Which bands did have a big influence on your music and maybe you can mention the influences of each band member individually here too, please?
Eveline: "PAIN OF SALVATION, MARILLION, FISH, FATES WARNING, KATE BUSH." Peter: "PAIN OF SALVATION, RUSH, TORI AMOS, ALLAN HOLDSWORTH, YES, Wagner, T. Monk."
Esther: "There are so many and it’s impossible to name them all, but bands that are always there are PAIN OF SALVATION, RUSH, KATE BUSH and classical singers, like Marco Beasley, Kathleen Ferrier and Jessey Norman. All musicians with more than one level to their playing and performance. They have to work hard to get to grips with and that really draws you into their musical souls. I really appreciate that in a musician and if I ever get to within one millimeter of their musicianship and talent, I shall die happily there and then (grin)."

Maybe you can tell us a bit more about the special guests, that appear on the album?
Eveline: "Marjolijn Kaiser is a fellow student, she also studies Chinese. We’ve been to China together. She plays the 4-stringed Chinese lute. Irma Vos was my violin teacher at the Conservatory of Alkmaar. She played the violin on “Infinity”."

Who’s responsible for the artwork on “Hunting For Significance” and please explain what you want to say with the picture on the front cover?
Eveline: "When I roamed around in the Academy building of the University of Leiden, which is an old monastery, I asked my fellow student to take a picture of me ‘studying like hell’ in this monastery hall. This became the front cover. It is me trying to prove myself to the world through my studies and my music. The rest of the artwork is done by Jankees Braam of Ixion (http://www.ixion-music.com), a very creative musician, who has done the artwork for many other bands as well, including that of the latest S.O.T.E. album, featuring Peter and Emile."

Let’s take a closer look at your live shows, if we may… Did you already play live and with whom did you actually share the stage?
Eveline: "We did play live before releasing the album, together with ENTROPY and S.O.T.E. Now we are rehearsing and trying to arrange some gigs together with the band SEGUNDA."

What can people expect, when they come to see an ILLUMION show?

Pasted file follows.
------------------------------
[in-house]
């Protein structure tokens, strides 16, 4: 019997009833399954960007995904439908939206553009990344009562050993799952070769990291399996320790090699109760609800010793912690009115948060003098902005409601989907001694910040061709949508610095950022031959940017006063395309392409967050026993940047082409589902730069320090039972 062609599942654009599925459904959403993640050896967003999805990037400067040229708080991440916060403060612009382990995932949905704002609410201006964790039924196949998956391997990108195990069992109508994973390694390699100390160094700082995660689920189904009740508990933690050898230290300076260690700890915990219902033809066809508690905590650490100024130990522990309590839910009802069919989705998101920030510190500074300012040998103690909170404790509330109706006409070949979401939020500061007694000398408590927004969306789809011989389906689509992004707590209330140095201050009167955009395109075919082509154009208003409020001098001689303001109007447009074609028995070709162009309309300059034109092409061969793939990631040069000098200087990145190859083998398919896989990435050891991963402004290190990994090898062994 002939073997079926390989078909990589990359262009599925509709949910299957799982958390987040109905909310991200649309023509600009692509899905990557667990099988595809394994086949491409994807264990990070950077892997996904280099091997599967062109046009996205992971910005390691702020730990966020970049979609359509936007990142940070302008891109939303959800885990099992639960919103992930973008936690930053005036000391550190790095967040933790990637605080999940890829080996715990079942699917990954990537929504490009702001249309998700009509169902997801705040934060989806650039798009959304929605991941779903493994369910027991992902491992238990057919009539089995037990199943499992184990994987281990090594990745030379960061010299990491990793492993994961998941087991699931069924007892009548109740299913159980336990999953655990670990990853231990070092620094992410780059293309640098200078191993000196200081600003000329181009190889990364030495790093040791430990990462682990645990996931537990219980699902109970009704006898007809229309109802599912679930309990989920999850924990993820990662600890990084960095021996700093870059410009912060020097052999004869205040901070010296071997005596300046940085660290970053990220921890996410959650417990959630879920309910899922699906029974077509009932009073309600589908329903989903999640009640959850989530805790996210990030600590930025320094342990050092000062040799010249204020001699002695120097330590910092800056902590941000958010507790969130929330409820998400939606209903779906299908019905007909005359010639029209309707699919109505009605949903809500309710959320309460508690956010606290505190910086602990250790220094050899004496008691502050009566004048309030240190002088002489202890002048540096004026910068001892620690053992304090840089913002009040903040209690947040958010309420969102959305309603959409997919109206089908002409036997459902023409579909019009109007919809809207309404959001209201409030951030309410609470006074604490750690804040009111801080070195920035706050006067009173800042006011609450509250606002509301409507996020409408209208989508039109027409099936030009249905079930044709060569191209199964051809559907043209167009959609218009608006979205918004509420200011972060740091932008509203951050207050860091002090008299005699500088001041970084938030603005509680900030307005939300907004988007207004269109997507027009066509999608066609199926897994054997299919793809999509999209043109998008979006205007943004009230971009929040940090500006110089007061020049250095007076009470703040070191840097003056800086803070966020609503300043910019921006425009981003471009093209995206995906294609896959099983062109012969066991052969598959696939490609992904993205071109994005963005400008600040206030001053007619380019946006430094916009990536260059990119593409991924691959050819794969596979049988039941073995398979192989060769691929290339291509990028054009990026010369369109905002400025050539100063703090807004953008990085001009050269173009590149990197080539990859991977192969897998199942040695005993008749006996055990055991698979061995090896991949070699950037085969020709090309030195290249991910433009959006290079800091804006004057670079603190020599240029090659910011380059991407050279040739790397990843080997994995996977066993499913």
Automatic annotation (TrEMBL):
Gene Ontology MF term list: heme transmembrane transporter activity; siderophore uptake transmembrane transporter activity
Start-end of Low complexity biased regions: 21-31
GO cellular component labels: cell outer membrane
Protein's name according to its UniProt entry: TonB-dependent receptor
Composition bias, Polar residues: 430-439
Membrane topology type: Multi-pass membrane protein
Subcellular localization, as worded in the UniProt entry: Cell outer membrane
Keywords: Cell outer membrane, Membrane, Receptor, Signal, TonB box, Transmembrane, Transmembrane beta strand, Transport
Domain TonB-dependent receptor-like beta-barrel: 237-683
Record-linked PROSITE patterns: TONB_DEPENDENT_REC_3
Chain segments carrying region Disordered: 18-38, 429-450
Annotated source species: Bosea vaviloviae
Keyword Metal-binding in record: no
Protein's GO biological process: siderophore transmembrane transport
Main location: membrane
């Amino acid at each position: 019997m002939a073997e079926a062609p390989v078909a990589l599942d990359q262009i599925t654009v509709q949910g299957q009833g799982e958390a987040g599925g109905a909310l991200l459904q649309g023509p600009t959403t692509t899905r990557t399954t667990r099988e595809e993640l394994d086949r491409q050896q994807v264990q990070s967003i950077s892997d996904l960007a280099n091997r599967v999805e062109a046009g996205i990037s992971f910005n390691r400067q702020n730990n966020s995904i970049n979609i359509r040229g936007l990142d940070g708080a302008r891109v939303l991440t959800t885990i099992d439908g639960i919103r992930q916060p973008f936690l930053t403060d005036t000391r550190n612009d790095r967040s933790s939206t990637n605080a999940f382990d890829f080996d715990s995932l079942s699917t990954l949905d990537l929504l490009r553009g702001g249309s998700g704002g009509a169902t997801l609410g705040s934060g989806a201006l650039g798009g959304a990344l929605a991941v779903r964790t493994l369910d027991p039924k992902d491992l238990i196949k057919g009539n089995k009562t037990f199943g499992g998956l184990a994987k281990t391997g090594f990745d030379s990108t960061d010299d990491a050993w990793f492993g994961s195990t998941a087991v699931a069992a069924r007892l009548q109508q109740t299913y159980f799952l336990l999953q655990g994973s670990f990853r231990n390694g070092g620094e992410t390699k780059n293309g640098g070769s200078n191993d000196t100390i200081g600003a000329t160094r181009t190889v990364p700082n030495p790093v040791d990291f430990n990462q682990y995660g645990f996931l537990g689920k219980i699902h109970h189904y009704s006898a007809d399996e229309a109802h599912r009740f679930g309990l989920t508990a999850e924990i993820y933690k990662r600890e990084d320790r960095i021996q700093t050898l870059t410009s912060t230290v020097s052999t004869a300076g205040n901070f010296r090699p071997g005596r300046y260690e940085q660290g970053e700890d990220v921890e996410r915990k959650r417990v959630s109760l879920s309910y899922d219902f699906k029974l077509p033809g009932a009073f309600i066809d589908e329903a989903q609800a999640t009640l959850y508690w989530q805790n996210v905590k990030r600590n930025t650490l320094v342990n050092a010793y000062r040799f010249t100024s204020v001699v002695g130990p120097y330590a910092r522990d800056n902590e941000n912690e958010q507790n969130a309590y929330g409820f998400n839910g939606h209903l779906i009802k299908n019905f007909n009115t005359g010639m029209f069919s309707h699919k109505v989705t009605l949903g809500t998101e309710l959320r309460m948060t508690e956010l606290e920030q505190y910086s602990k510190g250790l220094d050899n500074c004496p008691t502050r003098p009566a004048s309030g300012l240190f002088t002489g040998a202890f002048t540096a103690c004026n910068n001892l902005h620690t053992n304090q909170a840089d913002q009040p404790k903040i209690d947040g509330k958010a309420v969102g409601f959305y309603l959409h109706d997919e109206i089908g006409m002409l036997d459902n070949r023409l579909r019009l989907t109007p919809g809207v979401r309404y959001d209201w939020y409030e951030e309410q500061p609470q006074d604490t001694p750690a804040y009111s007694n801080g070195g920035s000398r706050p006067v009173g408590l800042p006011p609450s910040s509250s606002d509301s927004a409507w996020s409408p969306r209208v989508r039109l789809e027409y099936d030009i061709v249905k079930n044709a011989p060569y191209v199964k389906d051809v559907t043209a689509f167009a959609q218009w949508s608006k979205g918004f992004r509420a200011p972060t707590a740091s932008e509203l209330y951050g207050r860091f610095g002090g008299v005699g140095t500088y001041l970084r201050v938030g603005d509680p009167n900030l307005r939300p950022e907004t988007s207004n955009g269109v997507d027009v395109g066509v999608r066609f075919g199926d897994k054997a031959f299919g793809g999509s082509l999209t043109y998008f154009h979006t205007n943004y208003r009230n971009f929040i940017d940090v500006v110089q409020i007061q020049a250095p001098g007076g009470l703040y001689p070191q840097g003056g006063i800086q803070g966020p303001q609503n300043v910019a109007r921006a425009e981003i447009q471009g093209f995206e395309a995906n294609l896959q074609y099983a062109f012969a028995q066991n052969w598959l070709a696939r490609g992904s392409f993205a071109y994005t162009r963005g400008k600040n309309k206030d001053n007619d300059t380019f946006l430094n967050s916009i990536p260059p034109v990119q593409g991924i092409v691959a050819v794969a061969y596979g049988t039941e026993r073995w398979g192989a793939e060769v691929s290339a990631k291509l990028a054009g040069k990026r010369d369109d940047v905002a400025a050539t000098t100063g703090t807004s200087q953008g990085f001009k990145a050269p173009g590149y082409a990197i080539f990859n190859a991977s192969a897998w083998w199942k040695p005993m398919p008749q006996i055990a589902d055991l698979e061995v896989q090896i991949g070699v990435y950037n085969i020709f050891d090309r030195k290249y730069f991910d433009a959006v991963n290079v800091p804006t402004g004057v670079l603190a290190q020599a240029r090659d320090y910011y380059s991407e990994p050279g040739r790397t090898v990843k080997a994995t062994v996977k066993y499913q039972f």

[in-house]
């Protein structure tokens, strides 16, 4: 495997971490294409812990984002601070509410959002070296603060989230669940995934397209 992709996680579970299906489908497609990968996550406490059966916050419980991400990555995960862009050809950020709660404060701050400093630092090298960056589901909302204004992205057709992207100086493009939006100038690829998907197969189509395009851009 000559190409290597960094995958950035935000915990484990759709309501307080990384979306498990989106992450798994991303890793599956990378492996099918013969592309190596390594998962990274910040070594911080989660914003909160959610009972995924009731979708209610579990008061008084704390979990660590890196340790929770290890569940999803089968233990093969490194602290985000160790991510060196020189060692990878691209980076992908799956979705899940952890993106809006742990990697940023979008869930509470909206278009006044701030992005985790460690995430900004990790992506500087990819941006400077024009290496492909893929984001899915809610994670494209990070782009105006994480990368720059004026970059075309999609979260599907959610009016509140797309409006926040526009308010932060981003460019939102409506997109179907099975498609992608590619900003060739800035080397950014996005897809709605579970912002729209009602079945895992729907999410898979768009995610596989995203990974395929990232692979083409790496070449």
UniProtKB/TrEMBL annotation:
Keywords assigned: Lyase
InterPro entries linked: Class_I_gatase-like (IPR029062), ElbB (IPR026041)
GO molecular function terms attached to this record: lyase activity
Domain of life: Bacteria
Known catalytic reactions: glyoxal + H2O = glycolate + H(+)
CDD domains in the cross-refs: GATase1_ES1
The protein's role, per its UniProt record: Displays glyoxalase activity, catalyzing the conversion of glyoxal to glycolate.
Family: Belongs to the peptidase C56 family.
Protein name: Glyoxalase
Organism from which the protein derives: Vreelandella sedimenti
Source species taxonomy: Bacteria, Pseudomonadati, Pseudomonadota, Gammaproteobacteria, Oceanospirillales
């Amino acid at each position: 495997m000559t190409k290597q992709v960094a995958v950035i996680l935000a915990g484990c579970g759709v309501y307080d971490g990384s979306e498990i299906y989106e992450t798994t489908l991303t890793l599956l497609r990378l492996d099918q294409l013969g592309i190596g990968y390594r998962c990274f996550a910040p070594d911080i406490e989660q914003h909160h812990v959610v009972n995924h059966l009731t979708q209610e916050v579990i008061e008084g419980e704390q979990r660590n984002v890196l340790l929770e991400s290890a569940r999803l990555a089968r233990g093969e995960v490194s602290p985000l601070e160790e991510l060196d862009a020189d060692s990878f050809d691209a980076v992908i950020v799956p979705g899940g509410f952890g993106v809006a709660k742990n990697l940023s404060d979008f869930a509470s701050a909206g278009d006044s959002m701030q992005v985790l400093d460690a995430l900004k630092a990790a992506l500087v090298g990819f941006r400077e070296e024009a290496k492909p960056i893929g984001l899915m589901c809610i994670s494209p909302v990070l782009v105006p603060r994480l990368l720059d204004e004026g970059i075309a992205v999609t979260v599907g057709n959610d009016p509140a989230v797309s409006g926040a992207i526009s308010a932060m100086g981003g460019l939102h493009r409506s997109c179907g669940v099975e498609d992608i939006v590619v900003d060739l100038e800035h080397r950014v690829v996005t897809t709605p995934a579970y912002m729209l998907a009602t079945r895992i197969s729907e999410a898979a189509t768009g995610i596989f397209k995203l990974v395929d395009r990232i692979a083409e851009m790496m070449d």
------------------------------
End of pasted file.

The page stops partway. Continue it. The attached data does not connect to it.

Eveline: "No idea. I always had the hope to add some theatre elements to our show, but I do not know if it is feasable."

Is it hard to realise the sound of the CD on stage? I can imagine, that not every detail from the CD can be viewed in a live setting?
Eveline: "That is one of the main issues we have to solve in the rehearsal room. We will never attain the same sound on stage, simply because I do not have six hands."
Peter: "Well, it will not be the same, but what would be the point of a live concert if it was? It will not be less, just different. The necessity to condense various parts to one, is the beauty of playing live."

Do you also use any show elements during your live shows?
Eveline: "Stage garment and make-up is an important feature, but that is quite it."

Do you play any covers live or do you stick to your own penned material during your live shows? If you throw in any covers, which songs do you play then? With whom would you like to go on tour, if you had the opportunity? Name any kind of band, you like.
Eveline: "I would like to meet Tuomas Holopainen of NIGHTWISH and STEVE VAI. I think, the latter could teach me a great deal of stage performance techniques…. And I would like to borrow his wardrobe…"

I guess, there are some nice or funny stories to tell about life on the road. Maybe you’d like to share some of those moments here?
Eveline: "We never had a life on the road. But one time, when we were playing at Total Music in Schiedam, we played a cover of LIQUID TENSION EXPERIMENT and I worked my ass off on stage to play John Petrucci’s solo and a guy with a pint of beer in his hands shouted ‘titties’ to me. That I do not care for …"

What’s the biggest show you played so far?
Eveline: "Total Music, Schiedam."

Are there any important gigs on the agenda for you in the (near) future?
Eveline: "We will play in our hometown Leiden on the 18th of September, in de Victorie. We will present our album there."

How many times a week do you rehearse with the band?
Eveline: "Schedules permitting, once a week"

How do you get to work on new material? Do you just start writing new songs together or do you start jamming or what? Maybe you can tell us a bit more about your writing process? What comes first: the music or the lyrics or can this be in different order each time?
Eveline: "I write the framework of all the new songs, together with the vocal lines and lyrics. Up to now, we have first recorded them and then went into the studio to rehearse. The lyrics come first, whereas words seem to flow easier than notes in my case."
Peter: "I get Eveline's framework and start building an arrangement around it, then the recording starts, first drums, then rhythm guitars, bass, keys, leads and finally vocals. When the song is finished, we can start rehearsing…"

Do you already have any new ideas for the next album, and if yes what will it sound like?
Eveline: “I finished 2/3 of the new album already. There will be even more backing vocals and all songs are dedicated to literary themes and books.”